Earlier this week Edy led his group into their first effort to attempt small-scale production of what is called "fibroblast" interferon, one of three forms of the substance that scientists say can be produced in a laboratory. It is produced by using the cells of a newborn's foreskin, the part of the human body which Massachusetts Institute of Technology researchers say is the most prolific producer of interferon. (Every person and every piece of tissue in the body produces interferon but at different and varying quantities.)
The first job that Edy's team faced was to take minute and nearly invisible pieces of the tissue and force the cells to divide and multiply until the researchers had produced enough cells for all 50 billion units of the drug that Flow must supply. That job isn't easy because the amount of interferon varies greatly in the 40-liter bottles that are used in the McLean lab.
Flow uses a traditional laboratory cell reproduction process for the work, but adds a new twist -- one that some say helped the lab get the $1 million contract for the drug work. In the Flow process, the skin tissue is placed in clear laboratory bottles filled with a pink, nutrient-filled solution that is kept at 98.6 degrees Farenheit, the body's normal temperature.
Each bottle is filled with tiny cellulose beads, enabling the cells to grow not only on the bottle's side, but on the beads as well, a step that the Flow scientists say significantly increases cell reproduction.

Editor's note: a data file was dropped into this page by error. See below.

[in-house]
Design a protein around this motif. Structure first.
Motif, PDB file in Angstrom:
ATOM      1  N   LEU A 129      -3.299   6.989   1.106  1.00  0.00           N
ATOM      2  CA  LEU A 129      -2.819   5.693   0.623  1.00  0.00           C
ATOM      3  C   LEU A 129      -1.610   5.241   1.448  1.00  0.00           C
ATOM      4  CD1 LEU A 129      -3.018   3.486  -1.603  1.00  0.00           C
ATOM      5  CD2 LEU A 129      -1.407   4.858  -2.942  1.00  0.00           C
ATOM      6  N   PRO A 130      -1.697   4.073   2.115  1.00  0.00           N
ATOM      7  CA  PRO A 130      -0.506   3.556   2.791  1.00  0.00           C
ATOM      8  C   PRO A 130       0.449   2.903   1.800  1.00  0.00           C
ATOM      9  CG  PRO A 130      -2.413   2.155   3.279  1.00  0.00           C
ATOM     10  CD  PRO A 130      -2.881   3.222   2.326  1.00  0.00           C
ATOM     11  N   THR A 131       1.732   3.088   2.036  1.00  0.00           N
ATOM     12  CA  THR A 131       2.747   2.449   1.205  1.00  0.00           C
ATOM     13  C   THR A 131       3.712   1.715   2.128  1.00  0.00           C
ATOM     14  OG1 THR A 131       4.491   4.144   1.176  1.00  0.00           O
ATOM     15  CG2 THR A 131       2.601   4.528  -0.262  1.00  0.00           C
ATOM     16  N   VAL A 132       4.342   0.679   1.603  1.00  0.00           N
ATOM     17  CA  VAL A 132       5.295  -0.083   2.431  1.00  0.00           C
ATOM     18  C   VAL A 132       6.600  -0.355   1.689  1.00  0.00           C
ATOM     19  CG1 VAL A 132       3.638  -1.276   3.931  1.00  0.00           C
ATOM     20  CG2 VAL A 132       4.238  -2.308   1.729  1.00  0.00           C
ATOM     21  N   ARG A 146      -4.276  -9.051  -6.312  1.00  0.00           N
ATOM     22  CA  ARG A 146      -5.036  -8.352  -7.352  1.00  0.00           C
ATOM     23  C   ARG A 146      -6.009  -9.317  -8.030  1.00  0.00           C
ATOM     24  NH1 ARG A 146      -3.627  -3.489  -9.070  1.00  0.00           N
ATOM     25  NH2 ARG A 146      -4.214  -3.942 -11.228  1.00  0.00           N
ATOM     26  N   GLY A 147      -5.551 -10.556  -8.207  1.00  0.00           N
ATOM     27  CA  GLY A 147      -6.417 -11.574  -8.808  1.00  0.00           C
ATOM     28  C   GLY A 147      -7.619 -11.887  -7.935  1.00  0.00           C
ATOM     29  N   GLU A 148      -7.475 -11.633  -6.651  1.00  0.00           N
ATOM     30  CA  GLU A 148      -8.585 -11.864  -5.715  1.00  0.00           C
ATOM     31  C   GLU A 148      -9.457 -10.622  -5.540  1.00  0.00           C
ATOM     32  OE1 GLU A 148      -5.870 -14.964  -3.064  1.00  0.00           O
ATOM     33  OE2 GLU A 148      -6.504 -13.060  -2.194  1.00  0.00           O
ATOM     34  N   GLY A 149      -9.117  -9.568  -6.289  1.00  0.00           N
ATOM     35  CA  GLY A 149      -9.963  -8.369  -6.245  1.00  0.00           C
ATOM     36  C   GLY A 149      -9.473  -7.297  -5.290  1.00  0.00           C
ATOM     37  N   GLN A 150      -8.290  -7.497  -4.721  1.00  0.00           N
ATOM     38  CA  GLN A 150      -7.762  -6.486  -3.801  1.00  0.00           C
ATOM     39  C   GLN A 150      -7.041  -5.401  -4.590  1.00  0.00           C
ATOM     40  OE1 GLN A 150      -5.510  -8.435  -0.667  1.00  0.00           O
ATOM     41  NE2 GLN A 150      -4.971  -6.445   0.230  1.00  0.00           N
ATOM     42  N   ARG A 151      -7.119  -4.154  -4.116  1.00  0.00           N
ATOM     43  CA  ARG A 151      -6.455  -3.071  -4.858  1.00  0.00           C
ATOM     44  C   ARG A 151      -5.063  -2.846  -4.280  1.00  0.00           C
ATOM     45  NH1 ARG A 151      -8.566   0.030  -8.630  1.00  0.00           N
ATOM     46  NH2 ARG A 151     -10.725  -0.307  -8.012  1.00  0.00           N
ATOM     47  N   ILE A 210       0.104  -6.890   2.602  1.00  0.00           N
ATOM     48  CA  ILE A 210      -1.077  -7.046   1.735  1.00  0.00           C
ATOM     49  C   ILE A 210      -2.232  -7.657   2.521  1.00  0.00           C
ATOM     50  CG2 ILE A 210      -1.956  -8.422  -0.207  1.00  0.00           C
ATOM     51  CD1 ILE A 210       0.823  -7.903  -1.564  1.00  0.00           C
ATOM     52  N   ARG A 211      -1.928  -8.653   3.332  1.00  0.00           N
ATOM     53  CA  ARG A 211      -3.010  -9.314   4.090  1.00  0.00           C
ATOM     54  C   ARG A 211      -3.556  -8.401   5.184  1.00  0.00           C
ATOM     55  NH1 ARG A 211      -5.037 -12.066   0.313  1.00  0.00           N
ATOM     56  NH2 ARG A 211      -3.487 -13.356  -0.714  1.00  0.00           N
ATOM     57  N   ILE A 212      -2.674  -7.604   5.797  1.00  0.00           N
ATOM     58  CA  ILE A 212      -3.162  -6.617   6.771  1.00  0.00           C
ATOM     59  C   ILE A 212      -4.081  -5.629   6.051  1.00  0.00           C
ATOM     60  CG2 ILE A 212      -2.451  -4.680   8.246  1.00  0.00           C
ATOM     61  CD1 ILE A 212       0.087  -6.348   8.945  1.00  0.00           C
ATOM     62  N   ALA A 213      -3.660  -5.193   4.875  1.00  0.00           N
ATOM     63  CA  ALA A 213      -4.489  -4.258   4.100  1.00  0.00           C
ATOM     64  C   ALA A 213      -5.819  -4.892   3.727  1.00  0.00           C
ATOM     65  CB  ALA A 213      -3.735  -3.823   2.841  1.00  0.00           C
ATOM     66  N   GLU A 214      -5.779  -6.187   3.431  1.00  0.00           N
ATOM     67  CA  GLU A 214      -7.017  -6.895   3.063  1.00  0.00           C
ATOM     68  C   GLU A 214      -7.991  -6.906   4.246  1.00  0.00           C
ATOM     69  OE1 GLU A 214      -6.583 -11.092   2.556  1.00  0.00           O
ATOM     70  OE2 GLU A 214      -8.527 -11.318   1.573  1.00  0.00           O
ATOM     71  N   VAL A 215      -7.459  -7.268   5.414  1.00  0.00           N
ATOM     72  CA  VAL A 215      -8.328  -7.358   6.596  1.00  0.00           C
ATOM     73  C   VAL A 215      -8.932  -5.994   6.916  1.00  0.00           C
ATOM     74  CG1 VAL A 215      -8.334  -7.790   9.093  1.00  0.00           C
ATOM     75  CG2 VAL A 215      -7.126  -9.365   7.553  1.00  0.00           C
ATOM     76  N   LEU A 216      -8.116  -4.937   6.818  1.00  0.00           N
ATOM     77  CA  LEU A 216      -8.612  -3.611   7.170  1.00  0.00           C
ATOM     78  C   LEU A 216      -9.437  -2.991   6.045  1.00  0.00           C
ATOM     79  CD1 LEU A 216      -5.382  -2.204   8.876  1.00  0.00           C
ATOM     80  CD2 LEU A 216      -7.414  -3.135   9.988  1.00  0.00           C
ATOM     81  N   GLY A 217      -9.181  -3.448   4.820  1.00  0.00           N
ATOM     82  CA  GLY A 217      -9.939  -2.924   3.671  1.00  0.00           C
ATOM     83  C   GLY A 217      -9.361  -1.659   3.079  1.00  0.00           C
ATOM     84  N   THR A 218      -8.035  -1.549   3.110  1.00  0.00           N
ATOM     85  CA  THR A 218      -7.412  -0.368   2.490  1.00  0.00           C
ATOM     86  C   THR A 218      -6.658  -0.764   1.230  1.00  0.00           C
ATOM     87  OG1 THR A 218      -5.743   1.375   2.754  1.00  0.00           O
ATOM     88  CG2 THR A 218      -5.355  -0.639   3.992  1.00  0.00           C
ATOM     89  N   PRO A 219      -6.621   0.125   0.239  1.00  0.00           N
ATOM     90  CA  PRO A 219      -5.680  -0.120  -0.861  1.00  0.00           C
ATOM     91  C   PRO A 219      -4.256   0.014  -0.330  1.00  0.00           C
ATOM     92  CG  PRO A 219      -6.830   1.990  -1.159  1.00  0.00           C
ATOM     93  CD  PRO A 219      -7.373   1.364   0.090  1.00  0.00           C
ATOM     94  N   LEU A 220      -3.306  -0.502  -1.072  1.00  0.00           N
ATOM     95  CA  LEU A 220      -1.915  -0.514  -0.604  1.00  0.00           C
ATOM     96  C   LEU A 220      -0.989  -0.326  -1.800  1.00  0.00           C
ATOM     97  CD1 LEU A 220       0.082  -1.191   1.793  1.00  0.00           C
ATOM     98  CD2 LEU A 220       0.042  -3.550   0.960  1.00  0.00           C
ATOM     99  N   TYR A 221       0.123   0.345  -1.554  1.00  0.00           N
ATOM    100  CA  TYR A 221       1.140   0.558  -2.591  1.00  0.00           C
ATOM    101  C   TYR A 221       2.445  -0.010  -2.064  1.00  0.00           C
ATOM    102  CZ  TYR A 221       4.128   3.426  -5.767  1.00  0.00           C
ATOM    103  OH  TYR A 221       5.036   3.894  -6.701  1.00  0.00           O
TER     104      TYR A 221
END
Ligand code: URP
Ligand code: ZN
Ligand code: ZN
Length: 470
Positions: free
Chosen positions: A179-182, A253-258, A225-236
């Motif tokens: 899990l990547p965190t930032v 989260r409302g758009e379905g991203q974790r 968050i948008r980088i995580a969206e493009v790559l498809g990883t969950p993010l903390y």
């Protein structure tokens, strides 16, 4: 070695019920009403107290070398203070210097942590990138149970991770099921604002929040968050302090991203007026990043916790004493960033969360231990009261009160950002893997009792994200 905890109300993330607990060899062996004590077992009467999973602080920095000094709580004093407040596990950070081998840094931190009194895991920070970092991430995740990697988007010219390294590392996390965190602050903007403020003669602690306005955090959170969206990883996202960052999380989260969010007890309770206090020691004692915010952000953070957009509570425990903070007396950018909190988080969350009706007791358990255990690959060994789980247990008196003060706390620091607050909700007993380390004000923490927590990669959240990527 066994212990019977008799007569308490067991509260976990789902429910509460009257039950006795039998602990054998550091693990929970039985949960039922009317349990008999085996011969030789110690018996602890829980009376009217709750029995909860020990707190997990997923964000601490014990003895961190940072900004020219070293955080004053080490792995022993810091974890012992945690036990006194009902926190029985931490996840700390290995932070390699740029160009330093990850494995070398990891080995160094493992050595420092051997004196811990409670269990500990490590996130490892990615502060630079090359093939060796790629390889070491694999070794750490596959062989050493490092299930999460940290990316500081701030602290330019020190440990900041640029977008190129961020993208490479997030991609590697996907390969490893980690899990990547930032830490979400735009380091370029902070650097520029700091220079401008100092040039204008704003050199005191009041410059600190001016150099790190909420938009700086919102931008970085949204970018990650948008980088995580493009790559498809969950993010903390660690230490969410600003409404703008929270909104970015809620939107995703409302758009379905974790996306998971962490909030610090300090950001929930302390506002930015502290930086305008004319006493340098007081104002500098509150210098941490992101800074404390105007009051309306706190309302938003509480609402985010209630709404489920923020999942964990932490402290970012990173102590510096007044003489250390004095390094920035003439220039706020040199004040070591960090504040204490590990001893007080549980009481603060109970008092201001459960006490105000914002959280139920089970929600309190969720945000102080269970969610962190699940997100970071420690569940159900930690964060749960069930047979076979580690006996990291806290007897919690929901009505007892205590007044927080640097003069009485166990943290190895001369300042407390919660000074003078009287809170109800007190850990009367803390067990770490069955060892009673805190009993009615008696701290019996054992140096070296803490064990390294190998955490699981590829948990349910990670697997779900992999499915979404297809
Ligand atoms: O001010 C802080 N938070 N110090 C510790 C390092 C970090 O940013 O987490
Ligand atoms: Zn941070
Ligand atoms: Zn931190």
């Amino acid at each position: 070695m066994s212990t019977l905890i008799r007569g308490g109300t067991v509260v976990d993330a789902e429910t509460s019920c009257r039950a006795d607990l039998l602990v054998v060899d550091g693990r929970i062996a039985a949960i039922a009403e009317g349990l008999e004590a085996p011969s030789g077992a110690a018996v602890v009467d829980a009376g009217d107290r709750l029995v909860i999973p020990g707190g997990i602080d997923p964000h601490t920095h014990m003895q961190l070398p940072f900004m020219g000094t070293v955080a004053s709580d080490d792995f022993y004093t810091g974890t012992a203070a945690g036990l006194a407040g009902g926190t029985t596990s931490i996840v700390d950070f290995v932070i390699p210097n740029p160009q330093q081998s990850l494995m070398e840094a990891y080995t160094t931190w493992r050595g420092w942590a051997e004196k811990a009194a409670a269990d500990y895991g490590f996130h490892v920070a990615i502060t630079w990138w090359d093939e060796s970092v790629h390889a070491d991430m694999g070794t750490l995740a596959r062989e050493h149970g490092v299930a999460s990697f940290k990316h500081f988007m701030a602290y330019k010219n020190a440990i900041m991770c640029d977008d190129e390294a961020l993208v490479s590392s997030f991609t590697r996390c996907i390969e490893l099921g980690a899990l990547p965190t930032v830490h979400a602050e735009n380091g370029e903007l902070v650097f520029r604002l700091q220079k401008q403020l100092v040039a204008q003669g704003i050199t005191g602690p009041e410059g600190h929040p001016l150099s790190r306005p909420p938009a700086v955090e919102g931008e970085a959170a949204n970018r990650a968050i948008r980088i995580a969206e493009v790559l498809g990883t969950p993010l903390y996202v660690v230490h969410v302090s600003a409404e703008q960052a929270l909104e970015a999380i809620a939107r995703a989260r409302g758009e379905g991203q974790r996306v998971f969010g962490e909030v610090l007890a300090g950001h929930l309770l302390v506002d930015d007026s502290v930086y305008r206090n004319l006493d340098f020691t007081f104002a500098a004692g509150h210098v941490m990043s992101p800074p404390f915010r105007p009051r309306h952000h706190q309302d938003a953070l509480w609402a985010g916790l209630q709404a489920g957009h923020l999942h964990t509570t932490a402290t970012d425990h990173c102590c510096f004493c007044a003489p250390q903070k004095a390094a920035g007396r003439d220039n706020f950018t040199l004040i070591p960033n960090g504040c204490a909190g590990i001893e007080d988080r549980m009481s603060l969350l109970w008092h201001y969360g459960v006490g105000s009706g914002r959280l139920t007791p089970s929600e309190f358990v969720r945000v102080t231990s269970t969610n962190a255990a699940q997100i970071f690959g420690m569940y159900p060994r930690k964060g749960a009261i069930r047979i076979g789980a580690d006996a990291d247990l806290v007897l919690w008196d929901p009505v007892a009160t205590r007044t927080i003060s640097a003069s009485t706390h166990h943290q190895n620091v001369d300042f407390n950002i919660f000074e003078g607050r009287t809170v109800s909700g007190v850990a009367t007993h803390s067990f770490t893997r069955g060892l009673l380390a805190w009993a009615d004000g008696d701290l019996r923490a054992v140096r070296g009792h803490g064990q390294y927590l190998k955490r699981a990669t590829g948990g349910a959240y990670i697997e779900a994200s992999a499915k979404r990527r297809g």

Since early June, the Flow team has been working furiously to grow cells and Edy has been thrust into the dual role of taskmaster and cheerleader, urging his workers on with British humor and large doses of flattery.
"Who got these started this morning?" asked Edy as he squints into a microscope while making rounds in the lab. "These are great. Look at all those cells."
When he enters another area, Edy heaps praise on a worker who spends eight hours a day tediously measuring microscopic amounts of fluid for interferon activity.
The work, in an office building near the Typsons Corner Shopping Mall, represents only a fraction of the research being carried on by Flow Laboratories, a subsidiary of Flow General, Inc., a McLean-based firm with revenues of about $78 million a year and operations in five countries. The company's work is as diverse as guided missiles, lasers, and an equally sensitive project which one worker says involves efforts to create an artificial "skin" that can be grafted onto the human body.